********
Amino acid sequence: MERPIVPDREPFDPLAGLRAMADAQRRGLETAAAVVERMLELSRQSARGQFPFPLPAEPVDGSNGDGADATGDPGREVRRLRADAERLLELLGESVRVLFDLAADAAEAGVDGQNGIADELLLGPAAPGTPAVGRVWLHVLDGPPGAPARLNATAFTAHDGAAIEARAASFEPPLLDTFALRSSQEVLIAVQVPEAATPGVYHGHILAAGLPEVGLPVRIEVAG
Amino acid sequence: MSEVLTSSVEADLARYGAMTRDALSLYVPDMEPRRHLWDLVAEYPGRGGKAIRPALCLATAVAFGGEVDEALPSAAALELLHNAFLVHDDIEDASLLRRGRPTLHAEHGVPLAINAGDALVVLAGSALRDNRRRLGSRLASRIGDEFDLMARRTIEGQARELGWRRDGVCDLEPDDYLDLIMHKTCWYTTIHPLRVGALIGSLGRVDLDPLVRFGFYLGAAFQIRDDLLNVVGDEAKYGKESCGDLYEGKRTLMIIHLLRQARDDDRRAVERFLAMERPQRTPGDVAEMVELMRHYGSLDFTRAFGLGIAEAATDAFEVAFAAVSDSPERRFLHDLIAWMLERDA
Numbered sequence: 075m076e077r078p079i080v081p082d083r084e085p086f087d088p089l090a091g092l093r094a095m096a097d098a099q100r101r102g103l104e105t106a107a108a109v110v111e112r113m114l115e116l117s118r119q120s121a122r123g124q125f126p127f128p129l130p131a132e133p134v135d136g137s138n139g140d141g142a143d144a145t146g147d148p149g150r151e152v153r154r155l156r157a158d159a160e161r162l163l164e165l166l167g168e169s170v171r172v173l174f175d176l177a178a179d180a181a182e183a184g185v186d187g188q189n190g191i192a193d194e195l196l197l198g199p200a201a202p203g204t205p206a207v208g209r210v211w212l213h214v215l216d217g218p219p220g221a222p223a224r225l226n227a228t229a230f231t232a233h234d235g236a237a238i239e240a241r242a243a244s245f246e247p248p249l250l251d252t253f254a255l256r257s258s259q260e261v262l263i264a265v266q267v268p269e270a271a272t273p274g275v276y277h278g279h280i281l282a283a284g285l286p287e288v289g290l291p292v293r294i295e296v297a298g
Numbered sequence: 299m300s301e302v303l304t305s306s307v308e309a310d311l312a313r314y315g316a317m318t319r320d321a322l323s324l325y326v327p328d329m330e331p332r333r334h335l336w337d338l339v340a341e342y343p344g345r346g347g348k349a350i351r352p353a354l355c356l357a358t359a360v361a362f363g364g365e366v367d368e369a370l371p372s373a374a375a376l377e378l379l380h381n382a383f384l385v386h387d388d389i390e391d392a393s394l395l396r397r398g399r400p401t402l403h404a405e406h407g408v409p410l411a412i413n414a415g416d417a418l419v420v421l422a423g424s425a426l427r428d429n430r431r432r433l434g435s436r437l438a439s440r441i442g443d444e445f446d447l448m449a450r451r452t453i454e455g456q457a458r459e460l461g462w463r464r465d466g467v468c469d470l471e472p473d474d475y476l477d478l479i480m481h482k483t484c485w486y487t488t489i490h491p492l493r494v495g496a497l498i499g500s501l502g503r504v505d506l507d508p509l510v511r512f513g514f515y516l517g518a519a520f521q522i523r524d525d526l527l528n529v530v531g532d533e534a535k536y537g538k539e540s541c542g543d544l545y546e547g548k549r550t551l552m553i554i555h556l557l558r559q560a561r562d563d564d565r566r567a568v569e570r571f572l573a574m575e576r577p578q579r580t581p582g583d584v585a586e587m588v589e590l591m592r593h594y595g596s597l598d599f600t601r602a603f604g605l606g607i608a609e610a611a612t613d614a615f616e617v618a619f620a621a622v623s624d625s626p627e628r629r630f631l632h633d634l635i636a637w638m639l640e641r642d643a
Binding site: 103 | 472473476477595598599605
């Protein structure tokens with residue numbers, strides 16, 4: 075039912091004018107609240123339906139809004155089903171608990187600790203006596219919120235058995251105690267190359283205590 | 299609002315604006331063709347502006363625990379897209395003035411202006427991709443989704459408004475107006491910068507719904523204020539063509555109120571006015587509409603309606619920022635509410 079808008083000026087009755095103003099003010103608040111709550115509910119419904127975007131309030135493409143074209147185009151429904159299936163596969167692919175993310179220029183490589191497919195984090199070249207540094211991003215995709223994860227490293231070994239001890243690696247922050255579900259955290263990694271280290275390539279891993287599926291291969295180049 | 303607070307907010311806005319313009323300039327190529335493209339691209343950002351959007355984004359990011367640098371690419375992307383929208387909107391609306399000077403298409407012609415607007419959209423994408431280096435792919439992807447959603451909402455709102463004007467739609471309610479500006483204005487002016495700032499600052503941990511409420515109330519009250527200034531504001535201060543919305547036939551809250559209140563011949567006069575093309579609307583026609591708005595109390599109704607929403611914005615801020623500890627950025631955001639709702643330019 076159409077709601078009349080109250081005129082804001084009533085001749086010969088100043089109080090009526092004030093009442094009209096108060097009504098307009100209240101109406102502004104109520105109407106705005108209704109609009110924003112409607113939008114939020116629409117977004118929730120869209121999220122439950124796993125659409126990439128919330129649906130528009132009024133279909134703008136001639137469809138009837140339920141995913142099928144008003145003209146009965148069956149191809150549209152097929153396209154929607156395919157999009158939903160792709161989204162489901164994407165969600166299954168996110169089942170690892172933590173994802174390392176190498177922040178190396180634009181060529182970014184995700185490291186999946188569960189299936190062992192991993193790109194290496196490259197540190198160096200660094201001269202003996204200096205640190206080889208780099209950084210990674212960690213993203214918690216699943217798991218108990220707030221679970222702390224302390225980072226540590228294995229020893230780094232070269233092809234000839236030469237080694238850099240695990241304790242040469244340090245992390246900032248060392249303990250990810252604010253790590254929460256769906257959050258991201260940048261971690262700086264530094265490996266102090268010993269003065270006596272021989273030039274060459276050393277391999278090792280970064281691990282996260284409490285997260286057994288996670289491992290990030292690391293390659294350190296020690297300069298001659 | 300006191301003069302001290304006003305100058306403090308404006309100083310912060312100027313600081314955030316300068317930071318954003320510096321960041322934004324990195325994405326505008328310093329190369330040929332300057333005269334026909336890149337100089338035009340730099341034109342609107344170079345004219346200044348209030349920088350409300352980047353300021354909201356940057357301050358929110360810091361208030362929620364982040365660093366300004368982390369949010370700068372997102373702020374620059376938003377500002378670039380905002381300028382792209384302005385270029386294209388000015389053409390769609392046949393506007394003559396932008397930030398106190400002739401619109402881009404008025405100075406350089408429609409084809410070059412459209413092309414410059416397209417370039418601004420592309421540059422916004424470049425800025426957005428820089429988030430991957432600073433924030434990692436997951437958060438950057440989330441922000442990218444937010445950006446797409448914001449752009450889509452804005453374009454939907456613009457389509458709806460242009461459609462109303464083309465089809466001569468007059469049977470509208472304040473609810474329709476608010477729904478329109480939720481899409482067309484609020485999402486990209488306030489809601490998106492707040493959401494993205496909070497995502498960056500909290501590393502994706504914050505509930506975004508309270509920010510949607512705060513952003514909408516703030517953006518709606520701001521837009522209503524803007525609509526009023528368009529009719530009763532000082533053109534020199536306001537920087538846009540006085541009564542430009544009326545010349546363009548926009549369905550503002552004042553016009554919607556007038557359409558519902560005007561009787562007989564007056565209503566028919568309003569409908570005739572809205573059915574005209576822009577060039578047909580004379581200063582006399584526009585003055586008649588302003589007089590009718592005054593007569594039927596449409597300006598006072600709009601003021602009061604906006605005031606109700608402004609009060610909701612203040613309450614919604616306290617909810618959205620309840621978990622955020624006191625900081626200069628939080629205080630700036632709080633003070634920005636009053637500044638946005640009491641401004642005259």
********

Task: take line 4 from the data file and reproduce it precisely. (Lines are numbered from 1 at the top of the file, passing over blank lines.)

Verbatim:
Numbered sequence: 299m300s301e302v303l304t305s306s307v308e309a310d311l312a313r314y315g316a317m318t319r320d321a322l323s324l325y326v327p328d329m330e331p332r333r334h335l336w337d338l339v340a341e342y343p344g345r346g347g348k349a350i351r352p353a354l355c356l357a358t359a360v361a362f363g364g365e366v367d368e369a370l371p372s373a374a375a376l377e378l379l380h381n382a383f384l385v386h387d388d389i390e391d392a393s394l395l396r397r398g399r400p401t402l403h404a405e406h407g408v409p410l411a412i413n414a415g416d417a418l419v420v421l422a423g424s425a426l427r428d429n430r431r432r433l434g435s436r437l438a439s440r441i442g443d444e445f446d447l448m449a450r451r452t453i454e455g456q457a458r459e460l461g462w463r464r465d466g467v468c469d470l471e472p473d474d475y476l477d478l479i480m481h482k483t484c485w486y487t488t489i490h491p492l493r494v495g496a497l498i499g500s501l502g503r504v505d506l507d508p509l510v511r512f513g514f515y516l517g518a519a520f521q522i523r524d525d526l527l528n529v530v531g532d533e534a535k536y537g538k539e540s541c542g543d544l545y546e547g548k549r550t551l552m553i554i555h556l557l558r559q560a561r562d563d564d565r566r567a568v569e570r571f572l573a574m575e576r577p578q579r580t581p582g583d584v585a586e587m588v589e590l591m592r593h594y595g596s597l598d599f600t601r602a603f604g605l606g607i608a609e610a611a612t613d614a615f616e617v618a619f620a621a622v623s624d625s626p627e628r629r630f631l632h633d634l635i636a637w638m639l640e641r642d643a